Due to enormous growth in the industry of e-commerce and tremensdous increase in e-crimes, electronic evidence gained its importance and it has involved into a fundamental pillar of communication, processing and documentation. The various forms of evidence are increasingly being used in both Civil & Criminal Litigations. During trials, Judges are usually asked to determine the admissibility of electronic evidence and it substantially impacts the outcome of civil law suit or conviction/acquittal of the accused in a criminal case. The Court continue to confront with this new electronic frontier as the unique nature of e-evidence, as well as the ease with which it can be manipulated or falsified, creates complication to admissibility not faced with the other evidence.
The various categories of electronic evidence including website data, social network communication, e-mail, SMS/MMS/CHAT and computer generated documents poses uncommon problems and challenges for proper authentication. Electronic Document in a brief:The Indian Evidence Act has been amended by virtue of Section 92 of Information Technology Act, 2000 (Before amendment).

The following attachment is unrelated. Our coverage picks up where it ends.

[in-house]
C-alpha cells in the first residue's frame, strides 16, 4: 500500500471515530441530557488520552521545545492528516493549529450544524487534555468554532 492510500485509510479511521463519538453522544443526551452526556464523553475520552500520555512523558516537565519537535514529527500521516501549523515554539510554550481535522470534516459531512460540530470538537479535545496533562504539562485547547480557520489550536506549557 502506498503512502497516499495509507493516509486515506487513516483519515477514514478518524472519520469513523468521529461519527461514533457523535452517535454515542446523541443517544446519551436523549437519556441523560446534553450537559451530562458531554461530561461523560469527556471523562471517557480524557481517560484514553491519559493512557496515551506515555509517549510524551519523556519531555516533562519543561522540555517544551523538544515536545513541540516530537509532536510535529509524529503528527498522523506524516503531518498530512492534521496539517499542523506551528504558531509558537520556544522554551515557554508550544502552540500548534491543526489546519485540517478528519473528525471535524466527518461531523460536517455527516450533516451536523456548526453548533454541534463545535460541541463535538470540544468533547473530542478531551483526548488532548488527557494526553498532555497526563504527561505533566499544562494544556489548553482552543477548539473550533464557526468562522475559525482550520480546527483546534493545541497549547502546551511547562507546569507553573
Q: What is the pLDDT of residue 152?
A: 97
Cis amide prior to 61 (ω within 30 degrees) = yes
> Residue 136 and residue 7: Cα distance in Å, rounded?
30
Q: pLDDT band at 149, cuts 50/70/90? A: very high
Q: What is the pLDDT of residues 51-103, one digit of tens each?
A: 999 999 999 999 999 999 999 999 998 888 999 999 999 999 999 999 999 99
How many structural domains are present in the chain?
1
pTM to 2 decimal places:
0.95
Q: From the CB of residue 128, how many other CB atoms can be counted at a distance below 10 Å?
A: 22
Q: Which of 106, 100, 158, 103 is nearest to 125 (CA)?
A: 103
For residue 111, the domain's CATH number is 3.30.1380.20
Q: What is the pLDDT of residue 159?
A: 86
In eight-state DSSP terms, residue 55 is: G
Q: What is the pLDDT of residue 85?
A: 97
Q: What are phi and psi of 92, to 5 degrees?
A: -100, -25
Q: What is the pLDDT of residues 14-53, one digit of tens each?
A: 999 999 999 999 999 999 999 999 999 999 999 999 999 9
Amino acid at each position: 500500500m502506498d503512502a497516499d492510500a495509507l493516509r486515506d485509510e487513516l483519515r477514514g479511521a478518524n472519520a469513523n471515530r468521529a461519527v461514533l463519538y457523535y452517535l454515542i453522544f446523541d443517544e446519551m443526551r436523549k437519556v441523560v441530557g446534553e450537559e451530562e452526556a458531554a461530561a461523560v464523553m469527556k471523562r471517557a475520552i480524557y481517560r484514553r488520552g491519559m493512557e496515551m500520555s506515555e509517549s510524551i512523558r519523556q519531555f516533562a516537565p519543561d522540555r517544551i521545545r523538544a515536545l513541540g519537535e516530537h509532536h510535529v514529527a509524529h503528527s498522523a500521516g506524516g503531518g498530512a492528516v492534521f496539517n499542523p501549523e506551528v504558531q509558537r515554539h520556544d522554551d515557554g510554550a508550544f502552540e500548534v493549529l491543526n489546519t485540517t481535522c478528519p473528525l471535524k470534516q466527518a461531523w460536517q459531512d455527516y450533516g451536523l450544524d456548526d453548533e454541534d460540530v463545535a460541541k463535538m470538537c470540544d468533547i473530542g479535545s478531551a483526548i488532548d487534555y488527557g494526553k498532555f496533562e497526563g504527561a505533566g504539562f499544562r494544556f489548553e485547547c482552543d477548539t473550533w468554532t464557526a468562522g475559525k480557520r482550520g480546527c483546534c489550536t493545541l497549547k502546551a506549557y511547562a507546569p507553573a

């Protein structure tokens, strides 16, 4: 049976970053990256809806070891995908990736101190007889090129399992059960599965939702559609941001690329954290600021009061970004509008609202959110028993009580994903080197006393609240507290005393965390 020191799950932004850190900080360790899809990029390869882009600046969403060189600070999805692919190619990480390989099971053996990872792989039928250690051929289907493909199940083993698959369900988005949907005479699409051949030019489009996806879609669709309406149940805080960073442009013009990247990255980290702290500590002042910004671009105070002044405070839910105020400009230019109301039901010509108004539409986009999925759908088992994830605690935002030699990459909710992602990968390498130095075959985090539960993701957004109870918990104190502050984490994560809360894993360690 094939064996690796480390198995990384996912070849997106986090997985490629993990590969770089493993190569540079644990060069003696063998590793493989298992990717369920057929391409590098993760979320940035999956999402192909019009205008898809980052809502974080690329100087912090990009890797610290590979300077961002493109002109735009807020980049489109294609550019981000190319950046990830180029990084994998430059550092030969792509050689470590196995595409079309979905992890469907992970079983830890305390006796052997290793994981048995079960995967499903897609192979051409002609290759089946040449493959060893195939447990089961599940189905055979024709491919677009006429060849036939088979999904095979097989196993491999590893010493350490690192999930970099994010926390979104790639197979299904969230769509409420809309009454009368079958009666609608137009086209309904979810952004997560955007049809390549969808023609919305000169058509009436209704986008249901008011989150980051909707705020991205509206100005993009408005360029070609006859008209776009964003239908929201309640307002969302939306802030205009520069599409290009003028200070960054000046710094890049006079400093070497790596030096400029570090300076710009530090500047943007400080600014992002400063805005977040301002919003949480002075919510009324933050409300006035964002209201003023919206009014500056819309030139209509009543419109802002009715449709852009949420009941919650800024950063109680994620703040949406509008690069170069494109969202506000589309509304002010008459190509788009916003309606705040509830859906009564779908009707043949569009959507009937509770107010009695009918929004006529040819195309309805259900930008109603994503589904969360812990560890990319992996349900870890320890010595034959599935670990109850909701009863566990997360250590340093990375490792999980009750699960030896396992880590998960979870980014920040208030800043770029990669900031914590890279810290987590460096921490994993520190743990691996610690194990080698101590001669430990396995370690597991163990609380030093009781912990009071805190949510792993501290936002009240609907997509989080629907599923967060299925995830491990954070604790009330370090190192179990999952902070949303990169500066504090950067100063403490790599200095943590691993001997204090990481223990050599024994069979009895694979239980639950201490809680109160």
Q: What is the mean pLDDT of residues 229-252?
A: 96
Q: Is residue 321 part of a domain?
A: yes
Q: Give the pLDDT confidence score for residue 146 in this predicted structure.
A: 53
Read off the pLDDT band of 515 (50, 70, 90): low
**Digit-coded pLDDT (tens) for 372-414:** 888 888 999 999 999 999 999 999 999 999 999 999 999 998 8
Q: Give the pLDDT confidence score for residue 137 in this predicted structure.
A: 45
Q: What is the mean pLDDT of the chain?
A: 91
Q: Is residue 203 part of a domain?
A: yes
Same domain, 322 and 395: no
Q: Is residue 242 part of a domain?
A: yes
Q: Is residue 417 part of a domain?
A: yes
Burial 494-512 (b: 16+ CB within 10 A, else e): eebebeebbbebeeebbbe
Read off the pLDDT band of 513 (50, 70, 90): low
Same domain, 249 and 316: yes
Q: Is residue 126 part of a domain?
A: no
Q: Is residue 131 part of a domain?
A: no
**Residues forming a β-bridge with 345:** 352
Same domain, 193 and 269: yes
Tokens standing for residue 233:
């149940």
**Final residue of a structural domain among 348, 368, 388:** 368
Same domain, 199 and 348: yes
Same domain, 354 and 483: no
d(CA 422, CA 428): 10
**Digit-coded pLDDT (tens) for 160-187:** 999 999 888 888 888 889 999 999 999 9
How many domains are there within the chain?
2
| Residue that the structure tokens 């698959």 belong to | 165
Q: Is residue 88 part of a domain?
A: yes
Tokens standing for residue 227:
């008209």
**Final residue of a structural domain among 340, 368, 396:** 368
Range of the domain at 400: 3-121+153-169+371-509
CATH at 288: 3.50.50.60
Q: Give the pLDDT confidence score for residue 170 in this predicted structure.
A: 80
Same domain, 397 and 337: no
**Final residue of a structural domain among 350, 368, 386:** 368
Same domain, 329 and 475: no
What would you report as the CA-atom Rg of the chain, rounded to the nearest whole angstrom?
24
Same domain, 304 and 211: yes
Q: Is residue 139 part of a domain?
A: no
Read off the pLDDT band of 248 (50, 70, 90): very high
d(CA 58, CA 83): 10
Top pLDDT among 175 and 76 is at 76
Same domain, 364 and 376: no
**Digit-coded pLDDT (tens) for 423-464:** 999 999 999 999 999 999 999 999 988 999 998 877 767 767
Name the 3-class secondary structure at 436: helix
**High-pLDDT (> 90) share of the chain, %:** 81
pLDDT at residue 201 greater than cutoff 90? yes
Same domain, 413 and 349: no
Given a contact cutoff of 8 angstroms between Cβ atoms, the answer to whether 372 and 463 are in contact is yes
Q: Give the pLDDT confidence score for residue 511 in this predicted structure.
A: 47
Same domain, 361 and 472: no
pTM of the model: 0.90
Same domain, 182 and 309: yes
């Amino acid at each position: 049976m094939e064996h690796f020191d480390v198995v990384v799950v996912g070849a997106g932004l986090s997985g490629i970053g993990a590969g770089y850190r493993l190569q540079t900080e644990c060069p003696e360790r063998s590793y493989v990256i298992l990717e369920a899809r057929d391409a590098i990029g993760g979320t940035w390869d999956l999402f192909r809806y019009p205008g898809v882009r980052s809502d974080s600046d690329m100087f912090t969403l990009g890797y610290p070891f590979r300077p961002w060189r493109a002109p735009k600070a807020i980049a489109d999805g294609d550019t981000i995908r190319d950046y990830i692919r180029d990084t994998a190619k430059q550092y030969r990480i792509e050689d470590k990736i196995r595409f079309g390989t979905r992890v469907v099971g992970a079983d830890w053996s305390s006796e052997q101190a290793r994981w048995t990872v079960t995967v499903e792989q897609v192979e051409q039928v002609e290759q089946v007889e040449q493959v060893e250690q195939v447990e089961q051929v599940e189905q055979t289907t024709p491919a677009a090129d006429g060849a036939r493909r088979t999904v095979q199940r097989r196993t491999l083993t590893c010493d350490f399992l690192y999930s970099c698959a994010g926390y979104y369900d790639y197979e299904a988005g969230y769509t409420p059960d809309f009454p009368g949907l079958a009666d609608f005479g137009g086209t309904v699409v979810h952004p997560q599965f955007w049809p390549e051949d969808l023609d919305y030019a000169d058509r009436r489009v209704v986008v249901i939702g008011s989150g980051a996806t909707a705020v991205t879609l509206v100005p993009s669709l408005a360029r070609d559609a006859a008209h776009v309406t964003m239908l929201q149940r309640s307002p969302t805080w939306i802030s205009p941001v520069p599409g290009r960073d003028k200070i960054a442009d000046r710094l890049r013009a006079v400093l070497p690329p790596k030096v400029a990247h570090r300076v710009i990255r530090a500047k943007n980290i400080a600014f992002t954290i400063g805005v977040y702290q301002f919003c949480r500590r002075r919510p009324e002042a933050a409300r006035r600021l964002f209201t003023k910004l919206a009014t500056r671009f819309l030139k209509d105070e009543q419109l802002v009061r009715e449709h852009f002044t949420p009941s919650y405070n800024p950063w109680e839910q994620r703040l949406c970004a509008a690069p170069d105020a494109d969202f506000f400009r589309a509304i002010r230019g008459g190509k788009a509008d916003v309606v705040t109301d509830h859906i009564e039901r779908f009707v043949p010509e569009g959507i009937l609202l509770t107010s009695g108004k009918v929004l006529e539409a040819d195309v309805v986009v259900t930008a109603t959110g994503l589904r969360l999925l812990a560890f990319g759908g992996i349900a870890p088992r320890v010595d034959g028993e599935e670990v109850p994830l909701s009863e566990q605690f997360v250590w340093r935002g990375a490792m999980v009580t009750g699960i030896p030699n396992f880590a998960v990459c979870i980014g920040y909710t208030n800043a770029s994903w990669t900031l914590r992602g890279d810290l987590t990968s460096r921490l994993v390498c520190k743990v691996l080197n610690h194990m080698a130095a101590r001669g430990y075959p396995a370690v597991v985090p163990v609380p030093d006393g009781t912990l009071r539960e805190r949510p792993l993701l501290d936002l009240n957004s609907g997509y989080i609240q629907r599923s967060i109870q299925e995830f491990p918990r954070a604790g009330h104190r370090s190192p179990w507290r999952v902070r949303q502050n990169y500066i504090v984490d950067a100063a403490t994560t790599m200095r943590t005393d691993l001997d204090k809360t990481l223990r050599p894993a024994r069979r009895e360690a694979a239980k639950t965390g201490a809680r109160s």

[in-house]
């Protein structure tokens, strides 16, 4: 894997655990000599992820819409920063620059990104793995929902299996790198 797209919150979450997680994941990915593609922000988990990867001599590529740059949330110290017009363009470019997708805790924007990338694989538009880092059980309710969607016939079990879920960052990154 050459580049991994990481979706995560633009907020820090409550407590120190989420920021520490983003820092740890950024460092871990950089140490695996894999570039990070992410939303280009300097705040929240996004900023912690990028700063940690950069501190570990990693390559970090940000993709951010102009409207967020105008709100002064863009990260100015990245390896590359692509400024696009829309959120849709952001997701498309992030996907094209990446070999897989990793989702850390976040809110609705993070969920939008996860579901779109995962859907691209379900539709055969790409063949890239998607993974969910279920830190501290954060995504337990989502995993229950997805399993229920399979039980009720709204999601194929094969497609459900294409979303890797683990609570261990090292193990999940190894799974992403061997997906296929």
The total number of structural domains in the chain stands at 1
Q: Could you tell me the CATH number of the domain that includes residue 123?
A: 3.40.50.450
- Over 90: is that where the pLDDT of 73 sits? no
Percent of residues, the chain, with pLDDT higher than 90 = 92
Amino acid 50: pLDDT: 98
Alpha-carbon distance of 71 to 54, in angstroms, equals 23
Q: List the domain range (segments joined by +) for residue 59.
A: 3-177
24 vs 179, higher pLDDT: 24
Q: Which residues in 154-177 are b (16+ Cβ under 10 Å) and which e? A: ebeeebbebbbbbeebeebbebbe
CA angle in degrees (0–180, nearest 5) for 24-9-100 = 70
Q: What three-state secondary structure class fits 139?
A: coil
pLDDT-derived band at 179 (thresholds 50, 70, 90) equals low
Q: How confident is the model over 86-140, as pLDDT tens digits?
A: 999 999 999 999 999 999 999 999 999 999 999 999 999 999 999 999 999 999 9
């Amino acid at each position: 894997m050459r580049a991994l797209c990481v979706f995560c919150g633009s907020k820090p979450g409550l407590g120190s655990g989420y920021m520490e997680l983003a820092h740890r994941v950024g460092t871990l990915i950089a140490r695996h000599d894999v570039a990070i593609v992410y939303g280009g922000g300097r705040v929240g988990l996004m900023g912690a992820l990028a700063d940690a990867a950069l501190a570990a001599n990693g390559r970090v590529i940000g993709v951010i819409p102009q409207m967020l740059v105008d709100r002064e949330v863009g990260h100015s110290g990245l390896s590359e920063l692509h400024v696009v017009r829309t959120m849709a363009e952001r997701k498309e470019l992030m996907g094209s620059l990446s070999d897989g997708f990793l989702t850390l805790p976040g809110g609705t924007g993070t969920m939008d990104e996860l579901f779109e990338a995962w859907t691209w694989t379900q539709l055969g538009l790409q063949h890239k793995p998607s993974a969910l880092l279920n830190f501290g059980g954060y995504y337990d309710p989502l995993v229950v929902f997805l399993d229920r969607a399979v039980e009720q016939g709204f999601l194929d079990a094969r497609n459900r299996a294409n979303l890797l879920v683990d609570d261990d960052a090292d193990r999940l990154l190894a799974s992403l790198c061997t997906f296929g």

Section 3 of the Act was amended and the phrase All documents produced for the inspection of the Court were substituted by All documents including electronic records produced for the inspection of the Court. Regarding the documentary evidence, in Section 59, for the words Content of documents the words Content of documents or electronic records have been substituted. As per amended provision Sec 3(2) of evidence Act electronic evidence is documentary evidence. All documents including electronic records produced for the inspection of the Court, such documents are called documentary evidence. Section 2(t) of Information Technology Act 2000 provides that electronic record’ means, data, record or data generated, image or sound stored, received or sent in an electronic form or micro film or computer generated micro fiche;Section 4 of the Information Technology Act also provides that if the document in electronic form i.e. CD/DVD etc., is (a) rendered or made available in an electronic form; and (b) accessible so as to be usable for a subsequent reference, then it would be sufficient compliance.Section 22A declares that oral evidence as to the contents of electronic records are not relevant, unless the genuineness of electronic record produced is in the question. A digital charge sheet was held to be a document and it can be accepted as an electronic record. Hon’ble Supreme court directed to supply of charge sheet in electronic form additionally Thana Singh Vs. Central Bureau of Narcotics Types of Evidence:Evidence can be classified under various categories, such as oral and documentary, direct and indirect, primary and secondary, hearsay and circumstantial, scientific and expert, paper based and digital. Any form of evidence may be sufficient to have a fact proved before the court, depending upon the facts and circumstances of the case. Section 59 of the Evidence Act provides that all facts except the contents of documents or electronic records, may be proved by oral evidence. Documentary evidence, on the other hand, is evidence produced in the form of documents. Electronic Evidence-Electronic evidence is any probative information stored or transmitted digitally and a party to a judicial dispute in court can use the same during the trial. Courts permit the use of digital evidence such as e-mails, digital photographs, word processing documents, instant message histories, spread sheets, internet browser histories, data bases, the contents of computer memory, computer backup, secured electronic records and secured electronic signatures, Global Positioning System tracks, Logs from a hotel’s electronic door, Digital video or audio etc. As per explanation under Section 79A(Chapter XIIA) of the IT Act, 2000, electronic form of evidence’ means any information of probative value that is either stored or transmitted in electronic form and includes computer evidence, digital audio, digital video, cell phones, digital fax machines. Section 79A of IT Act ,2000 provides that The Central Government may, for the purpose of providing expert opinion on electronic form of evidence before any court or other authority specify, by notification in the official Gazette, any department, body or agency of the Central Government or State Government as an Examiner of Electronic Evidence. Secure communications on internet are possible by using encryption techniques and electronic signatures that authenticate the origin and integrity of an electronic record. The electronic records and signatures are generally recognized as legally valid under Section 4 and 5 of the IT Act,2000.Under Section 6 of the IT Act, 2000, electronic records and electronic signatures can be used in Government and its agency. Hence they are admissible in a court of law. Whenever a dispute regarding online contracts or e-crimes is to be adjudicated by a court, production of admissible evidence becomes a focal point of determination of merit of the case.Relevancy of Electronic Evidence:This accelerated use of technology, however, poses challenges accommodating and reflecting the new age developments in laws across jurisdictions, which in turn has provided the much required impetus to the emergence and appreciation of digital evidence. Keeping up with the times, requisite amendments were also made to Indian laws in the year 2000 with introduction of the Information Technology Act, 2000 (IT Act’), which brought in analogous amendments to past Indian statutes to make digital evidence admissible. The IT Act, which is based on the UNCITRAL Model Law on Electronic Commerce, led to amendments in the Indian Evidence Act, 1872 (Evidence Act’), the Indian Penal Code, 1860 (IPC’) and the Banker’s Book Evidence Act, 1891. With the change in law, Indian courts have developed case law regarding assurance on electronic evidence.